The Russell 2000 has weighted down the broad stock market since March. Now, for the first time in a while, the Russell 2000 is actually outperforming large cap stocks. Does that mean that small caps will lead the market higher?

The Russell 2000 is showing signs of life, after months of underperformance relative to the S&P 500.

The Russell 2000 is one of the only indexes (along with the MidCap 400) that painted a green reversal candle (see chart insert).

Prior to erasing last week’s losses, the Russell 2000 also dipped to a 52-week low. A weekly reversal after a 52-week low is also considered a selling climax.

605 stocks recorded selling climaxes last week. This is the highest count of selling climaxes since October 2011, which marked a major bottom (more details here: Selling Climaxes Soar to 4-year High).

From a technical perspective, here are a few Russell 2000 developments to keep in mind:

  • Bullish: Last week’s green reversal candle pushed the Russell 2000 back above support at 1,080.
  • Almost Confirmed: The chart below shows one indicator I like to monitor when it comes to spotting trend changes. On the short-term daily chart, this indicator requires a close above Friday’s high. The same is true for the weekly chart.
  • Confirmation Needed: The IWM:IWB ratio shows the performance of small caps (IWM Russell 2000 ETF) relative to large caps (IWB Russell 1000 ETF). The IWM:IWB ratio is about to test prior support, now resistance.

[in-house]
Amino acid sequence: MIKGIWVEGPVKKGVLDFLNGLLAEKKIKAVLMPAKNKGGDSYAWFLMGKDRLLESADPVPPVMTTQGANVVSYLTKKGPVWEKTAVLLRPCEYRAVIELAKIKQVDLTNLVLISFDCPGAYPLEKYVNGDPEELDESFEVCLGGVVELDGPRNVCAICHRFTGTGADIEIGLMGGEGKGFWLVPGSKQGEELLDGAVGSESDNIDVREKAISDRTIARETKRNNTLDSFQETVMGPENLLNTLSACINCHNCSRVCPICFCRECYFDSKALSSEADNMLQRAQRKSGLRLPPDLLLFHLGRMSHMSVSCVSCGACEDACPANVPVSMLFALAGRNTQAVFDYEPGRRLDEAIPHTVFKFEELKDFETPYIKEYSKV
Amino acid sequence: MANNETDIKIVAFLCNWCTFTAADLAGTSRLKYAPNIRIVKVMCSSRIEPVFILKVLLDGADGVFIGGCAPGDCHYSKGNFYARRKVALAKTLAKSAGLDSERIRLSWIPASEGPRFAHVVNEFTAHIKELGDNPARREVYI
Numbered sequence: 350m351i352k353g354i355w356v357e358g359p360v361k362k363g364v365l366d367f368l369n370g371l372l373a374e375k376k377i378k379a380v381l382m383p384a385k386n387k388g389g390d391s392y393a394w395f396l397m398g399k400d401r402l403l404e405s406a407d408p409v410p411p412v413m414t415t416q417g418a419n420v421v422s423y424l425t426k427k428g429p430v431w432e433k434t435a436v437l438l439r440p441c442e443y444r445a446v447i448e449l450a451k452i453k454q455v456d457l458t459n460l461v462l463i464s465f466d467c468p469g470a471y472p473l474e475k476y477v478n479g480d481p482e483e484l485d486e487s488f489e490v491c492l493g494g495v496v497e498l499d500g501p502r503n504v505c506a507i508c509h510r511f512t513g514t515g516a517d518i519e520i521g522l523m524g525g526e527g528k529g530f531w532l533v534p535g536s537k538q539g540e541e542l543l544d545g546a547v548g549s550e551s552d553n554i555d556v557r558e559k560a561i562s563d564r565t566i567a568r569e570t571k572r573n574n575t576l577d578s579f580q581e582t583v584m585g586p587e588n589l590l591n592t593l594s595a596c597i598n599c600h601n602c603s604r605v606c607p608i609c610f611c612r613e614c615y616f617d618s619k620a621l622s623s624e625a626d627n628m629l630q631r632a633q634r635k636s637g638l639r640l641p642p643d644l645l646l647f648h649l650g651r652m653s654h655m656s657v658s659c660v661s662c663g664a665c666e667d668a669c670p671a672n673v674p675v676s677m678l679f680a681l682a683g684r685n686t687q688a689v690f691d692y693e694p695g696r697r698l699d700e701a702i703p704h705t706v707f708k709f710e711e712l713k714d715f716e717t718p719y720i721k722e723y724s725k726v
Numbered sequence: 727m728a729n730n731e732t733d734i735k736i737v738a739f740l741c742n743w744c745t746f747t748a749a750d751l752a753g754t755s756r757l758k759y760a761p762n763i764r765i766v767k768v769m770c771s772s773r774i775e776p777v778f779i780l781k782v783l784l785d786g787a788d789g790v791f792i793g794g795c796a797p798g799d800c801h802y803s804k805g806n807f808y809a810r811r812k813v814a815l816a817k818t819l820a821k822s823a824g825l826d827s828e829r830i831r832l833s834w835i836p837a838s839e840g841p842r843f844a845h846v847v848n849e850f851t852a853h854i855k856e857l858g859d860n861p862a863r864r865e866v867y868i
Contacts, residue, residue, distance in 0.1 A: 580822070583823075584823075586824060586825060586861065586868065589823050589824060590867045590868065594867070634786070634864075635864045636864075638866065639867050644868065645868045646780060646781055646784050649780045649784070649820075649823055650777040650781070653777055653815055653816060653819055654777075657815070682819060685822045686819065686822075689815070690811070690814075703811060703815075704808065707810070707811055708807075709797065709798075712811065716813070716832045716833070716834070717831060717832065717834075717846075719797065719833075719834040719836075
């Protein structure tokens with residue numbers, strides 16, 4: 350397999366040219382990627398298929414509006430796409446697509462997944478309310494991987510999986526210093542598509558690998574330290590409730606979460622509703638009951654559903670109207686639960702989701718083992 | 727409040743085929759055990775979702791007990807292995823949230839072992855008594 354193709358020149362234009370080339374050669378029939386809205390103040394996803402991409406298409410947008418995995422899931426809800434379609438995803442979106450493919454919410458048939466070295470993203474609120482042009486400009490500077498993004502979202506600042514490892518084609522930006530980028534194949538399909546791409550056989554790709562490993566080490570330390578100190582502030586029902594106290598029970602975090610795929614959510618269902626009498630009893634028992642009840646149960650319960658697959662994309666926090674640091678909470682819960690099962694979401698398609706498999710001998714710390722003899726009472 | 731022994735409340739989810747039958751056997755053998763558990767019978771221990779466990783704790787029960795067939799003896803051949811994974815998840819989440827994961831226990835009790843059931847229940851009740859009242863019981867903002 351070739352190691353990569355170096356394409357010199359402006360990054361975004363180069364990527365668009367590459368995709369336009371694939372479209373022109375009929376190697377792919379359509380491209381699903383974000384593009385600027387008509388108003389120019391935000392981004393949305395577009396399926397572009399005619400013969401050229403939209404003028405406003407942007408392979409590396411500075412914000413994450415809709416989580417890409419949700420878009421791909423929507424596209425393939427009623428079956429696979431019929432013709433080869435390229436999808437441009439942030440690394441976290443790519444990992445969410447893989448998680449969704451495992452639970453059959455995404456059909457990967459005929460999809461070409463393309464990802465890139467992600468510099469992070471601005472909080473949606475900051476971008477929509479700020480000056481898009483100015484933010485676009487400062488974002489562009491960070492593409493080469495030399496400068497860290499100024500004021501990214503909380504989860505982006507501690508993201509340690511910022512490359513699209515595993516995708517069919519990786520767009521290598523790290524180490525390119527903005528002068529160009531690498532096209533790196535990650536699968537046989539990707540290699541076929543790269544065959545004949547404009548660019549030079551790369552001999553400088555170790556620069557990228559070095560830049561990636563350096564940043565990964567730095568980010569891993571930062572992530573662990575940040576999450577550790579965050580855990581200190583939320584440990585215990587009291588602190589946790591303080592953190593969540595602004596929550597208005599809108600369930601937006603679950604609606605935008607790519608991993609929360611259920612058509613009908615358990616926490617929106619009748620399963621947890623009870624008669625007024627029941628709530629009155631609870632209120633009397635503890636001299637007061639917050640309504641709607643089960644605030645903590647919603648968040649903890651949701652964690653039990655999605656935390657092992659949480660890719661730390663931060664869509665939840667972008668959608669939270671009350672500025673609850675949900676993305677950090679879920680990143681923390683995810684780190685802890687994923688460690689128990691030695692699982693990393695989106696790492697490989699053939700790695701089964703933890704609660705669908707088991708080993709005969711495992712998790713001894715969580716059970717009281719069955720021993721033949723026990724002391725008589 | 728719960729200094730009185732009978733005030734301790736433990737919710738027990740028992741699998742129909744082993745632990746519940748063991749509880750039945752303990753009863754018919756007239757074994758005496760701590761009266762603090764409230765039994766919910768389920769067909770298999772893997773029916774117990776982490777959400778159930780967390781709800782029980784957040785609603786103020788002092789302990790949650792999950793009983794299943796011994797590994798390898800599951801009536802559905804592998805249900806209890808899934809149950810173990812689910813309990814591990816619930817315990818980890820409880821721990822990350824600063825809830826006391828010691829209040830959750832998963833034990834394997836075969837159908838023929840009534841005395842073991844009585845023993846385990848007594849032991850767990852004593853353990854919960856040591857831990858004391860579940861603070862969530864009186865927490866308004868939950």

Unless the ratio can move above 1.05, small caps are likely to continue underperforming their large cap cousins.

In short, the Russell 2000 is showing strength, and odds of continued up side are increasing.

Simon Maierhofer is the publisher of the Profit Radar Report. The Profit Radar Report presents complex market analysis (S&P 500, Dow Jones, gold, silver, euro and bonds) in an easy format. Technical analysis, sentiment indicators, seasonal patterns and common sense are all wrapped up into two or more easy-to-read weekly updates. All Profit Radar Report recommendations resulted in a 59.51% net gain in 2013.

Follow Simon on Twitter @ iSPYETF or sign up for the FREE iSPYETF Newsletter to get actionable ETF trade ideas delivered for free.

How Bad is Small Cap Underperformance for the Broad Stock Market?